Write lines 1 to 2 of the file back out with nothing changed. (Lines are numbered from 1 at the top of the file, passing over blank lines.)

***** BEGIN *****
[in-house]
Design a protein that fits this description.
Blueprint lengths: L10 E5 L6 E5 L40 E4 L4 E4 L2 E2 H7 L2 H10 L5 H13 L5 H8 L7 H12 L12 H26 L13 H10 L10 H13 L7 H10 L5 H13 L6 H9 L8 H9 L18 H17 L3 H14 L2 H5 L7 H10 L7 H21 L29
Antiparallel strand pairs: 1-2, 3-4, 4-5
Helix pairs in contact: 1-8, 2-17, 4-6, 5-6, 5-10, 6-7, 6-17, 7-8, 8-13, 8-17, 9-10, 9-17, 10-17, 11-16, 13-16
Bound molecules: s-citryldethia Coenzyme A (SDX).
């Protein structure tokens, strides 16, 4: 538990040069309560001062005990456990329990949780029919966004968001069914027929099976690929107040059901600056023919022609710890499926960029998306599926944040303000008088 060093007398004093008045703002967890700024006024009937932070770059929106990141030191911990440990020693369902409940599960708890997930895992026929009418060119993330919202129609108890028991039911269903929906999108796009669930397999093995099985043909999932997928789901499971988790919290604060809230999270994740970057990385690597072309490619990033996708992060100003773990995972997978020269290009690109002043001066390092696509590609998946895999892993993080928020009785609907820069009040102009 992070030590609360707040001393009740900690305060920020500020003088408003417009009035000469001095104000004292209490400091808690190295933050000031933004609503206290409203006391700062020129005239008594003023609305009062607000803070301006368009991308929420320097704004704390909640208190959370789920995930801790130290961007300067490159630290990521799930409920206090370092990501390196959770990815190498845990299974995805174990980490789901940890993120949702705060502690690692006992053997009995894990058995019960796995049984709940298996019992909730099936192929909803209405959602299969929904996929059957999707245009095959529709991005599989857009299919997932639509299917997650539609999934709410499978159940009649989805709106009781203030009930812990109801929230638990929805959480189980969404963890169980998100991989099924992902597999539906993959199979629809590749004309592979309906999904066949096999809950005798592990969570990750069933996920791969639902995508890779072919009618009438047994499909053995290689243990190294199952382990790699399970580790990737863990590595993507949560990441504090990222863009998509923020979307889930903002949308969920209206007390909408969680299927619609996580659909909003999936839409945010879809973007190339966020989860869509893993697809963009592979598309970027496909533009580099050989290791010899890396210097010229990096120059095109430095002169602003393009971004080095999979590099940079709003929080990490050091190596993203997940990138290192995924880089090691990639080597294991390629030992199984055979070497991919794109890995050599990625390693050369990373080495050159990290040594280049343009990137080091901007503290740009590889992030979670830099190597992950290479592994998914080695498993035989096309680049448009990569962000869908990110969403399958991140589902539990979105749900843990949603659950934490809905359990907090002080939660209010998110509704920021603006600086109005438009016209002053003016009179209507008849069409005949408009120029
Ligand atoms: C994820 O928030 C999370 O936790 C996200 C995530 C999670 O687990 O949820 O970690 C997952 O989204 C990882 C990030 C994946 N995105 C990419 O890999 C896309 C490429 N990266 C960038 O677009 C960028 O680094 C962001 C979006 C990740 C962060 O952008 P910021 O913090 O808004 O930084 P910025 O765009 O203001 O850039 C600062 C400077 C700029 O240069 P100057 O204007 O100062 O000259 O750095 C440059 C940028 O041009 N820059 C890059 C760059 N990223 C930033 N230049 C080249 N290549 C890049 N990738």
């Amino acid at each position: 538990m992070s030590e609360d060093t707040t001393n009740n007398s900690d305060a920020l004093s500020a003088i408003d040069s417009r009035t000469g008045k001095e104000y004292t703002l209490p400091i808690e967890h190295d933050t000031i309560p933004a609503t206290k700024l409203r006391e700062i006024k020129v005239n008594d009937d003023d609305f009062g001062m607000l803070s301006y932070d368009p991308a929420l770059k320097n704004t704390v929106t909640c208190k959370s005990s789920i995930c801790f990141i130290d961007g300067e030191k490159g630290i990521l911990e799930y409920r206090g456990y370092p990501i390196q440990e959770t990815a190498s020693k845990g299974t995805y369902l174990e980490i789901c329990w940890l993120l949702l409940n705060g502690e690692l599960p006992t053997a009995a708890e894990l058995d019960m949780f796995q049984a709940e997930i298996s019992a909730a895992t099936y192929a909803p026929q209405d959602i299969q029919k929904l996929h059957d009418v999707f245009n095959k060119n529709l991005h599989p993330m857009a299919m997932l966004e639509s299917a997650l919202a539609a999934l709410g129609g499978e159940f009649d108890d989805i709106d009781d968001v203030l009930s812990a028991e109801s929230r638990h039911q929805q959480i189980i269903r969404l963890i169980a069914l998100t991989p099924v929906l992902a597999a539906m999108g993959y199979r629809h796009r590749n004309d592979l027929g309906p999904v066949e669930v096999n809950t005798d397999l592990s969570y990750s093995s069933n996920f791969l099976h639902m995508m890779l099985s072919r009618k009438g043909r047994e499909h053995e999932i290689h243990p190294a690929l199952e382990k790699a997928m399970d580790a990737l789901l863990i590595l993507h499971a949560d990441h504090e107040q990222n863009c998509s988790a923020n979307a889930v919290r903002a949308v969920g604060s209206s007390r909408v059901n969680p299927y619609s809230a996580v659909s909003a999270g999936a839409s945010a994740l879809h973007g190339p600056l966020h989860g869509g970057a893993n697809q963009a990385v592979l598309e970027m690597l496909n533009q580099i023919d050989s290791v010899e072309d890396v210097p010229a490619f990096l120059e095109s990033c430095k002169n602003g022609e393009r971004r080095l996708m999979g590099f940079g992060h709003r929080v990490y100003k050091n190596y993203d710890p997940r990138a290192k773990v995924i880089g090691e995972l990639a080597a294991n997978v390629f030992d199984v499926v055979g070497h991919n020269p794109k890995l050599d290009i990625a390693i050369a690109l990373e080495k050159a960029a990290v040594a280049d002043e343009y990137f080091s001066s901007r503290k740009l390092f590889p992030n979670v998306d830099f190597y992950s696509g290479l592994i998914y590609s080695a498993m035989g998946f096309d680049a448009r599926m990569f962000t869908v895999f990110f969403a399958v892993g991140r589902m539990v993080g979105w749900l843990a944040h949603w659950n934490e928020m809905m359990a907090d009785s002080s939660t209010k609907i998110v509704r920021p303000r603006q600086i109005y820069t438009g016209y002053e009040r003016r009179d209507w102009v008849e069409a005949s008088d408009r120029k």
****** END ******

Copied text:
[in-house]
Design a protein that fits this description.